YOUTH ACHIEVES SUCCESS ON PATHWAY TO COLLEGE Ruben Joe enrolled into NAYA’s Early College Academy as a sophomore. Through NAYA, Ruben was connected with a Youth Advocate, who tackled his needs and challenges alongside him. With the help of a scholarship and the support of his Youth Advocate, Ruben signed up for an electrical engineering class with Saturday Academy. After successfully completing his class, Ruben applied for the Apprenticeships in Science and Engineering (ASE) Program with Saturday Academy, a summer program with a tough application and selection process. After writing numerous essays and submitting his application, Ruben was interviewed by three different mentorship organizations and all three accepted him! He chose to work with Bonneville Power Administration because of his desire to study and eventually graduate in the electrical engineering field. Ruben successfully completed his apprenticeship with Bonneville Power, which was no small feat as he was an incoming junior in high school working 40 hours a week for his entire summer. Following that successful summer, Ruben enrolled in the Academy of Architecture, Engineering, and Construction (ACE). There, Ruben has been able to take and excel in advanced math and science courses that will help him on his journey to college and beyond. He also got involved in the Indigenous Ways of Knowing Summer Academy, a week-long SAT prep course held at Lewis and Clark College, which helped him achieve high scores on his SATs. With the help of the College and Career Center Coordinator and his Youth Advocate, Ruben applied for Oregon State University and Portland Community College, in addition to seeking several scholarships. Ruben Joe started college at Oregon State University in October, 2013. NAYA invests in its youth—like Ruben—because they will one day be the parents and mentors of future generations. NAYA has been a part of Ruben’s life for several years, and along with the dedication of his family to his future, he has accomplished a lot on his path to college.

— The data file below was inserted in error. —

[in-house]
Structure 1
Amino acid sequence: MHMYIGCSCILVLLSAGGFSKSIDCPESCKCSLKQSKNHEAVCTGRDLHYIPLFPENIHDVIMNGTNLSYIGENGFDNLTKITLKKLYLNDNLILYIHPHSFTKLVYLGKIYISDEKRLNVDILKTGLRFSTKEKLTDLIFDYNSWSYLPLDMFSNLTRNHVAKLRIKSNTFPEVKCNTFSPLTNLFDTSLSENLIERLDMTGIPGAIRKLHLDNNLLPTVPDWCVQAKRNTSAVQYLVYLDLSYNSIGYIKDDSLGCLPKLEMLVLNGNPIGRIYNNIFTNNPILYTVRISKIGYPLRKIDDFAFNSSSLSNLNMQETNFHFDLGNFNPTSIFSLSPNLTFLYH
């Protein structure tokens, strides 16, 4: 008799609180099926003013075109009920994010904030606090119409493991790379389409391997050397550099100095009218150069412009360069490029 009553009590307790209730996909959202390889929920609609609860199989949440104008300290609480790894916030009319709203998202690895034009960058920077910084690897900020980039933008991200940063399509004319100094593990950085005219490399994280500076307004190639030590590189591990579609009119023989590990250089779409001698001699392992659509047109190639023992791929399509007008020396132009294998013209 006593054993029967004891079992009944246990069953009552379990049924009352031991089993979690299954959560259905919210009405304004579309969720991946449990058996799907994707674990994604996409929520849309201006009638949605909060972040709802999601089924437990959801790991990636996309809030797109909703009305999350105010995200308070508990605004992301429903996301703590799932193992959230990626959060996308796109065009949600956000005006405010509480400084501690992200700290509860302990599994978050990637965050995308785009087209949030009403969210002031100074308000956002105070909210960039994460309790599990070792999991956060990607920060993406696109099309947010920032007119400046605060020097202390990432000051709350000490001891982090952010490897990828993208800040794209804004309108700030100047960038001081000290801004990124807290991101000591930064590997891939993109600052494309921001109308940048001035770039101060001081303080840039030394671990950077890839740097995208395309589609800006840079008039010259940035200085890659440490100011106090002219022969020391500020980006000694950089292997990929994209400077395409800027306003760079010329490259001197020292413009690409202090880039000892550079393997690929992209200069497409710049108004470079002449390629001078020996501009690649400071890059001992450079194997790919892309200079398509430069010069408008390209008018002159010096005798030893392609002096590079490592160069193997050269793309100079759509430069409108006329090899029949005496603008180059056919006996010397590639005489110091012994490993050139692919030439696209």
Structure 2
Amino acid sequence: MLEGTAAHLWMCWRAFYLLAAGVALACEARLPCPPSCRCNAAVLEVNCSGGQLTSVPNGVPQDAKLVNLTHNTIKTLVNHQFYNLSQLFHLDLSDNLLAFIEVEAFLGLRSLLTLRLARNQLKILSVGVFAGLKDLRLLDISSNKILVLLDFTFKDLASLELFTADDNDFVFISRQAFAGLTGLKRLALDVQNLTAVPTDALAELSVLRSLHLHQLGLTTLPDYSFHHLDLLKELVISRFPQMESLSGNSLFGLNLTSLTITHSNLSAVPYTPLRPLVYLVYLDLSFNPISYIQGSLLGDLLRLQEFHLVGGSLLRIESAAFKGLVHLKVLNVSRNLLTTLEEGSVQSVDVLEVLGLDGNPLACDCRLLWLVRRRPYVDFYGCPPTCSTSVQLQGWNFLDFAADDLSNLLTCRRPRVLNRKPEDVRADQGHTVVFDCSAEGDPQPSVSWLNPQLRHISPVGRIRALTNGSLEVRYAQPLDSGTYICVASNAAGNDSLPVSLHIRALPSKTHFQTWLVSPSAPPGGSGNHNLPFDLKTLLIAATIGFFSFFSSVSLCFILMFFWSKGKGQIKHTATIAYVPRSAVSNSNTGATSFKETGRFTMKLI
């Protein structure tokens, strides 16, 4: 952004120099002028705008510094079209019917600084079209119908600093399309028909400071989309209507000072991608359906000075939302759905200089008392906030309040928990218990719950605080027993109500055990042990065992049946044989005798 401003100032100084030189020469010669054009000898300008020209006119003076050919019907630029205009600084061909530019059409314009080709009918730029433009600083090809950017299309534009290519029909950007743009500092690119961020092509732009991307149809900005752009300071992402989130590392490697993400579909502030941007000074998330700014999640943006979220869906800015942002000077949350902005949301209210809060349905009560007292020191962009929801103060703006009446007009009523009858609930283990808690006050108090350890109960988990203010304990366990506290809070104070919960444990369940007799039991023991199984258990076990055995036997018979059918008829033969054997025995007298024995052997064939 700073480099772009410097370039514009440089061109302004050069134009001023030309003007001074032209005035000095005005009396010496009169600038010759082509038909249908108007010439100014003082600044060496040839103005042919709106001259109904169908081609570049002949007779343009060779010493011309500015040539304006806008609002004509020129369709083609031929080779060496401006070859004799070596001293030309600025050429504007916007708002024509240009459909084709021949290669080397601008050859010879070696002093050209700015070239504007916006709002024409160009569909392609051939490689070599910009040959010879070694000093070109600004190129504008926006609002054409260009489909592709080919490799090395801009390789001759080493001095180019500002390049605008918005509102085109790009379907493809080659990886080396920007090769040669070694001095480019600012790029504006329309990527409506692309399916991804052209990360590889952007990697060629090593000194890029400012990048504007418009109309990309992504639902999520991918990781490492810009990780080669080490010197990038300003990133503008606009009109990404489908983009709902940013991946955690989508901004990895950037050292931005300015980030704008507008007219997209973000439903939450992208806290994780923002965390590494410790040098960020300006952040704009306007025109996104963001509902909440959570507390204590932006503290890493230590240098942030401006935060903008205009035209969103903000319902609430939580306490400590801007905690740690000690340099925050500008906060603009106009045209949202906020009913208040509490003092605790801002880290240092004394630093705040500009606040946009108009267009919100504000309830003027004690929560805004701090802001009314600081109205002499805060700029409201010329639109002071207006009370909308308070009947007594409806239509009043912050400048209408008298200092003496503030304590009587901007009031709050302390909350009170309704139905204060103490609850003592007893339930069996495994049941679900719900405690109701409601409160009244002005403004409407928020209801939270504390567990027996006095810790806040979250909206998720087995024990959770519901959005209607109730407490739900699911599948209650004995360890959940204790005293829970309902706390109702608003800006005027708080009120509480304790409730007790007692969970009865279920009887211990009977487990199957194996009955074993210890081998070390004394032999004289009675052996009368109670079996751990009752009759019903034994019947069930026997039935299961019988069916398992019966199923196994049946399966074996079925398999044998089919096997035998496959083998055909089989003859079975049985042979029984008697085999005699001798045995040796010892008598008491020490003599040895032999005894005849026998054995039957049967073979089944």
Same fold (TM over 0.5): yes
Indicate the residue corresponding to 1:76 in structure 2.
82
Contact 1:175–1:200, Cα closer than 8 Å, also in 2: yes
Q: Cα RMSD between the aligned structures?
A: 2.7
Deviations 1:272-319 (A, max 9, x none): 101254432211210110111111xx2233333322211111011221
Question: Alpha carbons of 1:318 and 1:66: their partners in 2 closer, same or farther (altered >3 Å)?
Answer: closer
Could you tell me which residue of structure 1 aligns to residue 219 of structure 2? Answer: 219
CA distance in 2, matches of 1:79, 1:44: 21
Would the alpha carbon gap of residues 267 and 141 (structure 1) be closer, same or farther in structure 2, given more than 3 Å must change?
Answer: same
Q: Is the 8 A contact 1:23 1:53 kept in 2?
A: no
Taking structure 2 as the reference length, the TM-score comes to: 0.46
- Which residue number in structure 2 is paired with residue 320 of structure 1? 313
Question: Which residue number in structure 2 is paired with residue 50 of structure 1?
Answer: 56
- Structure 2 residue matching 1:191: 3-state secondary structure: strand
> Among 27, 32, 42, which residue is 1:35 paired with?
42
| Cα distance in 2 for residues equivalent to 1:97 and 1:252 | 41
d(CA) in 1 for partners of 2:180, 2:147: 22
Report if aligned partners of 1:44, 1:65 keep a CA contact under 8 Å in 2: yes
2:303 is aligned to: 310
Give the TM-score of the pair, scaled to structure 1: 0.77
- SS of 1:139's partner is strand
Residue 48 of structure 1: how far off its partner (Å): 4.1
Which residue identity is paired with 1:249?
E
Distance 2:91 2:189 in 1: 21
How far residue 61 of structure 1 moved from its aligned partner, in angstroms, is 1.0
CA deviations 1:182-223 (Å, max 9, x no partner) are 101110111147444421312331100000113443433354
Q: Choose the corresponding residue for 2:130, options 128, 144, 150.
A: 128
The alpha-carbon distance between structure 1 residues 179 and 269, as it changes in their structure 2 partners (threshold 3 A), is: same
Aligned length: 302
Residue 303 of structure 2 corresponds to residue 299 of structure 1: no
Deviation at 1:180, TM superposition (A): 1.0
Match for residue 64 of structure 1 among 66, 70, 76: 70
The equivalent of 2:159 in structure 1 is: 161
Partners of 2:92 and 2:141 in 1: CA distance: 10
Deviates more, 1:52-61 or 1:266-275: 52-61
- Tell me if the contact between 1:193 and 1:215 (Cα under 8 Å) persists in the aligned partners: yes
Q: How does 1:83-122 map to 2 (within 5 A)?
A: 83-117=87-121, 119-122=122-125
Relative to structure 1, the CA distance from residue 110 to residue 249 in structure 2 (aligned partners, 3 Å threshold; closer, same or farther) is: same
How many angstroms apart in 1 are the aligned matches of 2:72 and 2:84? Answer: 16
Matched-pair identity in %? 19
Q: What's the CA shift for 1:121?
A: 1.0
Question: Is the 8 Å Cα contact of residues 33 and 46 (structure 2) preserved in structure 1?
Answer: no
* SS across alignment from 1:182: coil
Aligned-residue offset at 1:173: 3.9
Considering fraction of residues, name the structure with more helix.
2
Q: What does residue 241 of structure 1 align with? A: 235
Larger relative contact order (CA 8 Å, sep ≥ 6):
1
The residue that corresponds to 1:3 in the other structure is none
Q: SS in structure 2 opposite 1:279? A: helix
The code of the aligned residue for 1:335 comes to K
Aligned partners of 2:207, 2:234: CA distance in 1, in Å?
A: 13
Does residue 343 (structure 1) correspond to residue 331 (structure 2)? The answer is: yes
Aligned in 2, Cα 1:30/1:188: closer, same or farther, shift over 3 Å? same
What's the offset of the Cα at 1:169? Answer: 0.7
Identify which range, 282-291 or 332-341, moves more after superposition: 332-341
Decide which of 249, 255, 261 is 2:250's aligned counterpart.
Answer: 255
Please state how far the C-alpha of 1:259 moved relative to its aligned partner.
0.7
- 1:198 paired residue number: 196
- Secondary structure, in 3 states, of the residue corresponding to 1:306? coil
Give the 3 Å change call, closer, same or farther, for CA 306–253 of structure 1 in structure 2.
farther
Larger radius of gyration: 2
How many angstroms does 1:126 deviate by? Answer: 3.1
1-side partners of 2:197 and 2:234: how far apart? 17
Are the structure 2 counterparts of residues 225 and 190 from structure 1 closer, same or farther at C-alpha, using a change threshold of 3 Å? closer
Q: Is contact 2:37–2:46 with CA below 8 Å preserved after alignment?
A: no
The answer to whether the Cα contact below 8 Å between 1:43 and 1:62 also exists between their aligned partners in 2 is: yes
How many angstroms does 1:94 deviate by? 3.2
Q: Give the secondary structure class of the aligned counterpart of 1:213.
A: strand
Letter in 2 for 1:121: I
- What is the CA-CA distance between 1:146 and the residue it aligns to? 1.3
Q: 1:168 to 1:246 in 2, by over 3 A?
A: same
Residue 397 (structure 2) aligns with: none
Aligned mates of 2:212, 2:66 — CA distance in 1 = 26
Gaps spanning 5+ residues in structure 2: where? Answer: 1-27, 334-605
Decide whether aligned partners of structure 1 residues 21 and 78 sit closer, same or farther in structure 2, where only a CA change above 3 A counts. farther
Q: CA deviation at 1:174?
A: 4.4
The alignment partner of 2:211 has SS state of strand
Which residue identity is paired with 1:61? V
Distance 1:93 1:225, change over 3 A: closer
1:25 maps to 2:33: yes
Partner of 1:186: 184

COLLEGE AND CAREER SERVICES NAYA offered services designed to help students reach college and attain employment. This includes Academic, Education and Life Skills classes, our Career Skills Development program that teaches interviewing and resume-building among other skills, and Pathways to Adulthood, a program that helps foster children who are about to “age out” of the child welfare system integrate into adulthood.